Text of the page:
This album has been better received than Kingdom Come, but personally I feel that the quality is about the same when things are going well. What helps American Gangster is that, unlike it's predecessor, there are no real abominations to be found (see "Hollywood" and "Anything" from KC).
What we have here is a loose 'concept album', inspired by the Denzel Washington film of the same name based on the life of Harlem drug-lord Frank Lucas. This concept allows Jay to return to the subjects he came into the game spitting; hustling... the street life. But Jay's content is deeper than many give him credit for. He deals with issues in his own typically emotive way, one minute glorifying the highest highs ("Roc Boys" and "Party Life") and the next, sounding a warning on the downsides of the business ("Success" and "Fallin'").
The lyrics, as ever with Jay, are excellent throughout (see "I Know" for an incredible extended Heroin metaphor), and for the most part the music is too. There are a few missteps that don't quite fit, notably the Dirty South sounds of "Hello Brooklyn 2.0" featuring, oddly, New Orleans native Lil' Wayne on the hook, the Neptunes-helmed elctronic sound of "I Know" seems out of place, and some of the 70's soul-infused beats, provided by Puffy's 'Hitmen' production team, although evocative of a certain era, forget to be ear catching at times ("Pray"). Though much fanfare greeted Puff's involvement in this project, tellingly, the two best beats on the album are provided by Kanye's mentor NO I.D. and former in-house Roc-a-Fella producer Just Blaze.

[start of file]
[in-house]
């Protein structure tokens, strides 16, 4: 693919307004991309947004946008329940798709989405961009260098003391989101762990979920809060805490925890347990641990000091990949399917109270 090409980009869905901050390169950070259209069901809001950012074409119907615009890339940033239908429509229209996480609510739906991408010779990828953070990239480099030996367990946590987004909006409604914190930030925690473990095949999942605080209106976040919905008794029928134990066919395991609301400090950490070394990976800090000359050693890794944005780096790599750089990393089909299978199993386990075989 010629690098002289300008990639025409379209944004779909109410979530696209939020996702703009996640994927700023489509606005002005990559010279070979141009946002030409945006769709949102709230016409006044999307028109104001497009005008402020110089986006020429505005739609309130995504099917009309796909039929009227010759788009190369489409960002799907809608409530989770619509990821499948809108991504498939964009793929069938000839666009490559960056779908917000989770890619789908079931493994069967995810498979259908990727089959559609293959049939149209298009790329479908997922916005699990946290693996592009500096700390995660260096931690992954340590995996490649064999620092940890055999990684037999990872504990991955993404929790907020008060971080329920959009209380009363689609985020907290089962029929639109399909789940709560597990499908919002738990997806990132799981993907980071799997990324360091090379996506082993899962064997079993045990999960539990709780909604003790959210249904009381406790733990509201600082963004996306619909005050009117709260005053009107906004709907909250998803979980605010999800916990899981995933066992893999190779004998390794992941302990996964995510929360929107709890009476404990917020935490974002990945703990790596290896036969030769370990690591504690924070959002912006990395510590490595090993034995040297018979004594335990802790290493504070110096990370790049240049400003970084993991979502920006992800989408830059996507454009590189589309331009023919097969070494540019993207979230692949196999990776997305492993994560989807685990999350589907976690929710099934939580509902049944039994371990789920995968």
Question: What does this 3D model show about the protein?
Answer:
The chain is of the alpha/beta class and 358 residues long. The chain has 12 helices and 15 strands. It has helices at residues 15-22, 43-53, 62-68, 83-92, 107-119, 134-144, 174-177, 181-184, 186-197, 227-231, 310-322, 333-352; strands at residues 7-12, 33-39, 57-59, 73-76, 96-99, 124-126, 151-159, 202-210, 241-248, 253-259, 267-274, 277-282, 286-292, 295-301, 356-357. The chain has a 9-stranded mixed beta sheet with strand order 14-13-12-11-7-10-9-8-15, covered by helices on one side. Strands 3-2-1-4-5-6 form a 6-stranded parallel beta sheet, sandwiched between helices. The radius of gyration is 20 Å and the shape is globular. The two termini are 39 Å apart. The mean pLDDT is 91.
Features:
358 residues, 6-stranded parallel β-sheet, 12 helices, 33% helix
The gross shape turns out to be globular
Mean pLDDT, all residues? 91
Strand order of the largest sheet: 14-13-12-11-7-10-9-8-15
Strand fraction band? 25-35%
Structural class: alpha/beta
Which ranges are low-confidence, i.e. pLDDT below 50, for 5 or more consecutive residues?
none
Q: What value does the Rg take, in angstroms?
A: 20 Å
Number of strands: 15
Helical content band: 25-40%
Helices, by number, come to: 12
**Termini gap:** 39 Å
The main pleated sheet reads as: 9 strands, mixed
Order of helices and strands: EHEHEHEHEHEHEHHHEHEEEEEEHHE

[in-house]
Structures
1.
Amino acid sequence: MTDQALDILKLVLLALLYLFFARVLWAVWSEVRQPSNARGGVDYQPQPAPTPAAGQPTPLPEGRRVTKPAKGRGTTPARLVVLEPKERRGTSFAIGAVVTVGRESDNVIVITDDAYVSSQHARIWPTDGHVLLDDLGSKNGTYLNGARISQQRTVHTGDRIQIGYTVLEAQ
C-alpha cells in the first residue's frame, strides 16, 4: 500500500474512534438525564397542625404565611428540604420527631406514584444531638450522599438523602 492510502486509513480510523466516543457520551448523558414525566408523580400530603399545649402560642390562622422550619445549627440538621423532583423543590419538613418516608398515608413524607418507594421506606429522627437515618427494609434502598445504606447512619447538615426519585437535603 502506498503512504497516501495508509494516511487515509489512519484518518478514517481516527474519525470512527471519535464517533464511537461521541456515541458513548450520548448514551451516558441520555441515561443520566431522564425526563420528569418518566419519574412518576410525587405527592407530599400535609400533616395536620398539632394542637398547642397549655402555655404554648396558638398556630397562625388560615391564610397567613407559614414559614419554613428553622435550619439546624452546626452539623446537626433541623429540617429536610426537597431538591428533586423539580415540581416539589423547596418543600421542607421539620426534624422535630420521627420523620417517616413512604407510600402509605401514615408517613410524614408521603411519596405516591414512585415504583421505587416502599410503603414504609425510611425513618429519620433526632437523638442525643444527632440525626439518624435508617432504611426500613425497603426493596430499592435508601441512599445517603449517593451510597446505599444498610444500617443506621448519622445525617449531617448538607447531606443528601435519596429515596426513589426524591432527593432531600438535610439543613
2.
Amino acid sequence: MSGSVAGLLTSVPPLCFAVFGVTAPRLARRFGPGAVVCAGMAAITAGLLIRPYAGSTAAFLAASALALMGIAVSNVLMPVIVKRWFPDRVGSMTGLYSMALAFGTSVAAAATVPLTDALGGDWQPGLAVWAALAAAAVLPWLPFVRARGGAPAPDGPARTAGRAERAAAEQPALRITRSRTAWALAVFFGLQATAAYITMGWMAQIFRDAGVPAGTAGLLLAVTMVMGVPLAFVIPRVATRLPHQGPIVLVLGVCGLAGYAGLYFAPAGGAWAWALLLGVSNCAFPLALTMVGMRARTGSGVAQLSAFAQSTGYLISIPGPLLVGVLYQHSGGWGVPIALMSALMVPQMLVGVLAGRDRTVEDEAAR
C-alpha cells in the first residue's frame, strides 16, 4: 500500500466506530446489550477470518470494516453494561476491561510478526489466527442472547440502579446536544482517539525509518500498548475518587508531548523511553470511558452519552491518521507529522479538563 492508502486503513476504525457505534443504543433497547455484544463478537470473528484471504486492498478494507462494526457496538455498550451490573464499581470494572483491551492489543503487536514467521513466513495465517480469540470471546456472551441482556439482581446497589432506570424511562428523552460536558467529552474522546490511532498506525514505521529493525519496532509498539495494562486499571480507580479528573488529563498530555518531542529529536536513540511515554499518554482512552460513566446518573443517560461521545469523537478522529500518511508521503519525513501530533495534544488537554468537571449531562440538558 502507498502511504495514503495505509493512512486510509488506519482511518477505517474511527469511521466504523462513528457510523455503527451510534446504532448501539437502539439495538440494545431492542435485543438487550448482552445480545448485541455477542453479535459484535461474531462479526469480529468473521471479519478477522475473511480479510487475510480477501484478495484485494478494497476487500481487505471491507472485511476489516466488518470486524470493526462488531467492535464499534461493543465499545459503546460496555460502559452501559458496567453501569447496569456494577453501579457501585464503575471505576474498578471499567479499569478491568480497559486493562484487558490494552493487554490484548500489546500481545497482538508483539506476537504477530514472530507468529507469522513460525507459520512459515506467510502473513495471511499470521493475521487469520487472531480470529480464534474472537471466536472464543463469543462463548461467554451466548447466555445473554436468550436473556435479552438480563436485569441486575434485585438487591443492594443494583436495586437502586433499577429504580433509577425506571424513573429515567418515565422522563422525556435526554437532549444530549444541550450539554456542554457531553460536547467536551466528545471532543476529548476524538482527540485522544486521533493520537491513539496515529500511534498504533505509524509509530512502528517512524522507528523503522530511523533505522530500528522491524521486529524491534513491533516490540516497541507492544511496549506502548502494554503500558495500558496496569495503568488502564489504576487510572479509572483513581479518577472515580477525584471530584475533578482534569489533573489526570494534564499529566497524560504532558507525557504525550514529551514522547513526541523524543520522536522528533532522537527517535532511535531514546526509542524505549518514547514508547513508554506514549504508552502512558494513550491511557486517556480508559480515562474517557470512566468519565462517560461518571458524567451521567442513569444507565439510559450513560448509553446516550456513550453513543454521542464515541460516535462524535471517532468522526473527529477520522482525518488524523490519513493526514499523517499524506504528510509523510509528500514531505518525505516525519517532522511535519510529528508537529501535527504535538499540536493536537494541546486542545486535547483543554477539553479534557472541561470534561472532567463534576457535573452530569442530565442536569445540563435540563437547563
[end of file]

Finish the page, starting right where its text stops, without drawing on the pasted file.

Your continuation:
The album closes out with two excellent bonus tracks; the Rakim/80's homage "Blue Magic" in which Jay adopts the simplistic flow of that era without compromising his incredible wordplay (check the "Iran Contra/ I ran contraband" line for proof), and the celebratory Just Blaze-assisted title track, packed with urgent horns and the catchy soul that some of the other beats here were short of at times.
In summary, the lyrics are as incredible as ever, the beats only falter in places, and Jay has maintained his postion as the one to follow in terms of mainstream, marquee Hip Hop.